The Real State of America Atlas: Mapping the Myths and Truths of the United States
by Cynthia Enloe and Joni Seager
Penguin Paperback Original / On-Sale: July 26, 2011
“The Real State of America Atlas [delivers] a riveting portrait of an America that doesn’t always live up to its ideals.”—Village Voice
“Where The Real State of America Atlas truly shines is in its demolition of the notion – the enduring fantasy – that America is a land of equal opportunity, a place where boundless bounty awaits anyone who is willing to work hard and play by the rules.”—The Millions
Q&A With Cynthia and Joni:
What was your favorite topic to research for this book? Why?
For Cynthia, it was researching the spread that became “The Road to Suffrage.” She’s been interested for years in how women, step by difficult step, won the vote in the US and in other countries. But this was the first time she’d tried to chart the all obstacles raised, generation by generation, to so many Americans voting: enslaved Americans, Jewish Americans, Native Americans, Chinese Americans, homeless Americans, ex-convict Americans, Puerto Rican Americans, as well as women of all races.
For Joni, it was the several maps on aspects of economic equity, justice, and injustice: poverty, corporate power, income distribution. One of the most paradoxical things about contemporary America is the widely-shared self-perception of Americans as caring, concerned, helping those less fortunate, stacked up against one of the most unequal distribution of wealth in the developed world. Many Americans seem unaware of the structural inequities that shape all aspects of modern life.
How has your academic background informed your research and focus?
Joni is a geographer; Cynthia is a political scientist. But both of us are international in our interests; both of us are feminist analysts who teach and write in the burgeoning field of Women’s Studies. That has been really a boon because Women’s Studies is explicitly cross-national in scope and interdisciplinary in approach – drawing on history, anthropology, public policy, economics, cultural studies. In practice, this meant that for years we each had thought about housing, wages, voting, arms sales, wars, consumerism, jobs, health and the environment. Moreover, as teachers, we each are acutely aware that one can’t help Americans make sense of what is going on here in the US unless one simultaneously reveals the US in a global context.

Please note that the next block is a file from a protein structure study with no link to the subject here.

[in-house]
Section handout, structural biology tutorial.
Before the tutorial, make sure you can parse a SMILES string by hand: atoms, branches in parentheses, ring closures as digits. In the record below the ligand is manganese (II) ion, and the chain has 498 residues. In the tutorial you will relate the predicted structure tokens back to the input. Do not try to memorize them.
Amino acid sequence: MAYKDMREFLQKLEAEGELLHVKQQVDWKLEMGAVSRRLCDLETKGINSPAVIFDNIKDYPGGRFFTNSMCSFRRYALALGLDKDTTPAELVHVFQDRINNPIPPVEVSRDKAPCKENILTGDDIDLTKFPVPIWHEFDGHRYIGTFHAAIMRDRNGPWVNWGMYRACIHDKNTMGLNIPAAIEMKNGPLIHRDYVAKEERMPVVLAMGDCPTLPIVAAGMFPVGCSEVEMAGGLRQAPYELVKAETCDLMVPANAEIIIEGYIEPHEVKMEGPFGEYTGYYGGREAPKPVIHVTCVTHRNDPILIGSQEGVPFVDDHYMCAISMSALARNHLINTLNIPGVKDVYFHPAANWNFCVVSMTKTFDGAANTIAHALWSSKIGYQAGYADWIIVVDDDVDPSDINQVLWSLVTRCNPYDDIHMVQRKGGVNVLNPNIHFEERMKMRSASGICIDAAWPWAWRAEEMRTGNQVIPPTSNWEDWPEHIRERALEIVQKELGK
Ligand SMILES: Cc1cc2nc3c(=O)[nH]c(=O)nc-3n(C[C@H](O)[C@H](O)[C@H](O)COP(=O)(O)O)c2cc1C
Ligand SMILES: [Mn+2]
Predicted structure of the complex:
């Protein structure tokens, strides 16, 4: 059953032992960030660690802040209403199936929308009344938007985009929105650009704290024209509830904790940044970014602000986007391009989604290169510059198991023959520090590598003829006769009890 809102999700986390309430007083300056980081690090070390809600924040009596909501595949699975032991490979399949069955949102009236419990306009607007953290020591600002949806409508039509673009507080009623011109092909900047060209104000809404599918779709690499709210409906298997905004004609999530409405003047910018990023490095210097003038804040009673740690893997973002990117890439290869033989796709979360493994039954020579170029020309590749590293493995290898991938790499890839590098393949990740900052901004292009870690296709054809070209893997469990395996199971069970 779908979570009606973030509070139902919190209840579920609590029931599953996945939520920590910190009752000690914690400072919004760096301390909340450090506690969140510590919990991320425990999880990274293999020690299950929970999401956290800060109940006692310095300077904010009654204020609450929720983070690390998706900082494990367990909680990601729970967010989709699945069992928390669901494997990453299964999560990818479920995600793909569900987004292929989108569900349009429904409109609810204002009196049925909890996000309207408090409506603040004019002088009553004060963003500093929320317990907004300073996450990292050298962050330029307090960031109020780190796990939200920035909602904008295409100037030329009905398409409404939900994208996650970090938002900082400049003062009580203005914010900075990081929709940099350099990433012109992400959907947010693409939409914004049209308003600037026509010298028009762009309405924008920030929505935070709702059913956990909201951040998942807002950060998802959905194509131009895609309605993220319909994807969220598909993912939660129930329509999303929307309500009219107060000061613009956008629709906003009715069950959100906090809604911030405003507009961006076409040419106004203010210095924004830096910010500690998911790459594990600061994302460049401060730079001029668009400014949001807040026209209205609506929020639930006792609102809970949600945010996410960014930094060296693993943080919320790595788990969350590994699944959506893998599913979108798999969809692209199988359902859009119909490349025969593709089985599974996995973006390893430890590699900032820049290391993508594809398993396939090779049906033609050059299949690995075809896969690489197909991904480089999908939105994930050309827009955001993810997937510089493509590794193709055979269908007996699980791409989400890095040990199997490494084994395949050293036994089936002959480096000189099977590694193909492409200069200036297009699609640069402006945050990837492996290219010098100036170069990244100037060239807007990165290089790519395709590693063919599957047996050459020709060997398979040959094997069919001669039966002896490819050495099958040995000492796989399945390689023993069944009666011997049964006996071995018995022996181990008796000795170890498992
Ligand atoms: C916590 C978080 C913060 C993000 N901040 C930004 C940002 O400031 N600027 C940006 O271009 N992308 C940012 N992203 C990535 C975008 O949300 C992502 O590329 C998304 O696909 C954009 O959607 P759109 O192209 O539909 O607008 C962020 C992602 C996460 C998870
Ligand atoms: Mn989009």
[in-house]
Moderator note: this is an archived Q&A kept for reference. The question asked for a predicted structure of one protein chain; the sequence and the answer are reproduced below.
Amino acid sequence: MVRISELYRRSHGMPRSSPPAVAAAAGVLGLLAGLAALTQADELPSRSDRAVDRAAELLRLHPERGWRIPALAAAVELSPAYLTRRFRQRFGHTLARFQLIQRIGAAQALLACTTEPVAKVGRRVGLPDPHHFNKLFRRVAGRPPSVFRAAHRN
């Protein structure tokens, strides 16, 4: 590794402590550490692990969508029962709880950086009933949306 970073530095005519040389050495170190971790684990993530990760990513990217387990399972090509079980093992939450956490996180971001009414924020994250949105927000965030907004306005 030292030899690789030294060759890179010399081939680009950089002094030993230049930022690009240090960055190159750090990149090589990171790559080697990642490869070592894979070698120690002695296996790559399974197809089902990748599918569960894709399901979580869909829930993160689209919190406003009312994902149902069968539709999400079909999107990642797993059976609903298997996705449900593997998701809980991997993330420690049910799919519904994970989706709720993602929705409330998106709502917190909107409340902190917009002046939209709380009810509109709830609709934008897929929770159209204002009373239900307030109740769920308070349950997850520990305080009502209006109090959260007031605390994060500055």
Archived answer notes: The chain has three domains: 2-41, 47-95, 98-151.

Going into the presidential election of 2012, what can The Real State of America offer voters?
This atlas provides, we hope, an incentive to speak up in shaping this society – perhaps in the form of voting, perhaps in the form of community activism. And, in deciding how to cast their ballots, we hope this atlas encourages voters to pay attention to whether candidates acknowledge – and directly address – the deep inequalities that still persist among Americans, inequalities deepened by the Great Recession. The myths of the “American Dream” diverge widely from the realities revealed here. It is realities, not myths, not wishful thinking, that provide a sound basis for any voter making smart choices in the voting booth.
About the Book:
Through a combination of colorful graphics, innovative maps, and sharply crafted short essays, THE REAL STATE OF AMERICA ATLAS shows us how we live and how we compare to the rest of the world. These 40 engaging spreads reveal the often surprising realities of contemporary American life: religious affiliations, physical health, employment, distribution of wealth, corporate power, the prison system, education, and military service. These spreads offer an intriguing snapshot of our society as a whole—and prove that geography matters.
About the Authors:
Joni Seager, Professor and Chair of Global Studies at Bentley University in Boston, is a geographer and global policy expert. She has achieved international acclaim for her work in feminist environmental policy analysis, the international status of women, and global political economy.
Cynthia Enloe is Research Professor at Clark University, Worcester, MA. She has lectured throughout the world on feminism, militarization, and globalization, written for Ms. Magazine and the Village Voice and appeared on National Public Radio and the BBC.